Report: 'Hidden income' makes China's rich wealthier than thought
September 24, 2013 -- Updated 0701 GMT (1501 HKT)
A 2011 file photo of a cleaner sweeping the floor next to a Ferrari in a
Beijing luxury car showroom.
- Survey: China's urban rich are making far more than they officially report
- Researchers found unreported "gray income" was 6.2 trillion yuan (U.S. $1 trillion)
- Suggests the top 10% of households earn nearly 21 times more than the poorest
- "The richer the household, the more likely it receives shadow income"
Hong Kong (CNN) -- China's urban rich are making far more than they officially report, suggesting the wealth gap in the world's second largest economy is much higher than previously thought, according to a new study.
The China Society of Economic Reform released a survey Monday that found "gray income" was 6.2 trillion yuan (U.S. $1 trillion), or 12% of GDP. "Gray income" can range from illegal cash from kickbacks to unreported income and gifts.
"The result has highlighted expanding social inequalities and policy issues surrounding official corruption and income distribution," said Wang Xiaolu, who led the research for the CSER, in an article in Caixin Online. "The richer the household, the more likely it receives shadow income."
The study comes a day after Bo Xilai, a once high-flying politician, was sentenced to life in prison for bribe-taking,15 years for embezzlement and seven years for abuse of power. Bo is appealing the verdict.
The CSER surveyed 5,344 urban families in 18 Chinese provinces. The results suggest the top 10% of households earn nearly 21 times more than the poorest 10%. The National Bureau of Statistics places income disparity far lower, saying China's wealthiest make 8.6 times more than its poorest. "China is in a dangerous zone as one the most unequal countries in the world," Wang wrote.
The survey found that rich families gain 80% of their wealth from business and on average "have decent gains" in stock markets, whereas most middle and lower income families lose cash in the capital markets, Wang said. "We can't rule out that some of these business gains are problematic, or even illegal, because many survey takers count kickbacks as business gains," he wrote.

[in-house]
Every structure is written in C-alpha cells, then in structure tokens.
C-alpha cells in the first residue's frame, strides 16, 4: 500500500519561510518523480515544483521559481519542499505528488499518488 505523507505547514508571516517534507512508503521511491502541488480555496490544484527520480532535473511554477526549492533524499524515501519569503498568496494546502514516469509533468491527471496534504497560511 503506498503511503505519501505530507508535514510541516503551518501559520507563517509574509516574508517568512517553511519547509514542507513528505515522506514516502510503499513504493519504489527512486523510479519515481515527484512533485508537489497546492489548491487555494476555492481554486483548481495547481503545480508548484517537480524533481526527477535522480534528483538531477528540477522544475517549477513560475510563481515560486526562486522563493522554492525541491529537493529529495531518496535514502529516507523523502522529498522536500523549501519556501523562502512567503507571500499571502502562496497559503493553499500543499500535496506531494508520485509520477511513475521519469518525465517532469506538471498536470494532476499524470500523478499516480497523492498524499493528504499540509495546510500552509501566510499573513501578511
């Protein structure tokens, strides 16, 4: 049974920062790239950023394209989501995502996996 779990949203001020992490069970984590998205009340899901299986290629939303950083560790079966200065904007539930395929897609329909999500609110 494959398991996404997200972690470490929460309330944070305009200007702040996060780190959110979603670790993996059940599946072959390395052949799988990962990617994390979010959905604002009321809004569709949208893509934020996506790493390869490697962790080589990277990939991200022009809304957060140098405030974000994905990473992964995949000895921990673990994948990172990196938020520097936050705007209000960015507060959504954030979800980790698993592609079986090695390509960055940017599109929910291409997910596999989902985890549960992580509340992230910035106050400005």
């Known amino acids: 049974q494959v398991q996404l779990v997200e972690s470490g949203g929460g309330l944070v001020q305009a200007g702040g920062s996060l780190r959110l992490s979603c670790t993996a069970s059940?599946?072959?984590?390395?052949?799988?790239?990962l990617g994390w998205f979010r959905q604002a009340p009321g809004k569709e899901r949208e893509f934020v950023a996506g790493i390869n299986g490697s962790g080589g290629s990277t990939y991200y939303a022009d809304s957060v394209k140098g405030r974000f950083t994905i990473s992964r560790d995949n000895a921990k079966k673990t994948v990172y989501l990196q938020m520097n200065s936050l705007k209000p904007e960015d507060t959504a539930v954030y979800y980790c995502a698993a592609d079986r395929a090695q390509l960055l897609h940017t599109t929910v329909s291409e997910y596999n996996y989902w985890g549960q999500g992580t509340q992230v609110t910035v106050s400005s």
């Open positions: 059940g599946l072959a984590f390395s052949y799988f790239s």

Much of the high gray income is linked to the loose credit handed out between 2009 and 2010, Wang wrote, as well as the rapid increase of government investment during the same period.
"To stop widening income disparity and unfair allocation, in addition to anti-corruption campaigns, there needs to be gradual but firm progress in economic, political and social reform that moves the country closer to the rule of law with public scrutiny over administrative power," he said.
Part of complete coverage on
December 17, 2013 -- Updated 2310 GMT (0710 HKT)
A worker operating a machine in a workshop accidentally cut off his hand -- which doctors were able to save by grafting it onto his ankle.
December 18, 2013 -- Updated 0300 GMT (1100 HKT)
What happened when one high-flyer ditched an academic career to teach in a poor, rural school.
December 16, 2013 -- Updated 1258 GMT (2058 HKT)
12 years ago, Chengdu's panda breeding research base only had 20 pandas, now the center is home to more than 100 of them.
December 17, 2013 -- Updated 0630 GMT (1430 HKT)
Shanghai's 15-year-olds ranks first in the world for reading, math and science; but what about the rest of the country?
December 14, 2013 -- Updated 2159 GMT (0559 HKT)
China's first lunar rover, deployed successfully from the unmanned spacecraft Chang'e-3, landed on the moon Saturday.
December 13, 2013 -- Updated 2352 GMT (0752 HKT)
A U.S. Navy guided missile cruiser took evasive action to avoid colliding with a Chinese warship. CNN sources called it a deliberate act by China.
December 13, 2013 -- Updated 1144 GMT (1944 HKT)
A Santa Claus doll rocks a sexy red suit while doing his best Marilyn Monroe "Seven Year Itch" pose outside a shopping mall in China.
December 10, 2013 -- Updated 0435 GMT (1235 HKT)
Traditional teaching methods in rural schools highlight China's education challenges where students struggle with creative learning.
December 10, 2013 -- Updated 0052 GMT (0852 HKT)
Laws prohibit discrimination against people living with HIV/AIDS in China but campaigners say reality suggests a different story.
December 9, 2013 -- Updated 1312 GMT (2112 HKT)
China has banned shark fin and bird's nest dishes from official banquets as part of a government crackdown on official extravagance.
December 6, 2013 -- Updated 0756 GMT (1556 HKT)
With more than a third of the world's bitcoin transactions flowing through one Chinese website, China is at the heart of the bitcoin frenzy.
December 3, 2013 -- Updated 2051 GMT (0451 HKT)
When it comes to mathematics, reading and science, the OECD says Shanghai teens are the best in the world.
December 2, 2013 -- Updated 1411 GMT (2211 HKT)
China launched its first lunar probe early Monday, making it the world's third nation to soft-land on the moon.
November 29, 2013 -- Updated 0521 GMT (1321 HKT)
President Xi Jinping has reshaped China's foreign policy by recalibrating its stresses on sovereignty and stability.
November 28, 2013 -- Updated 2205 GMT (0605 HKT)
China sends fighter jets into its newly claimed air defense zone above the East China Sea as Japan's military remains defiant.
A flying ray? A trapped spaceship? No, it's Shenzhen's new airport terminal.
Today's five most popular stories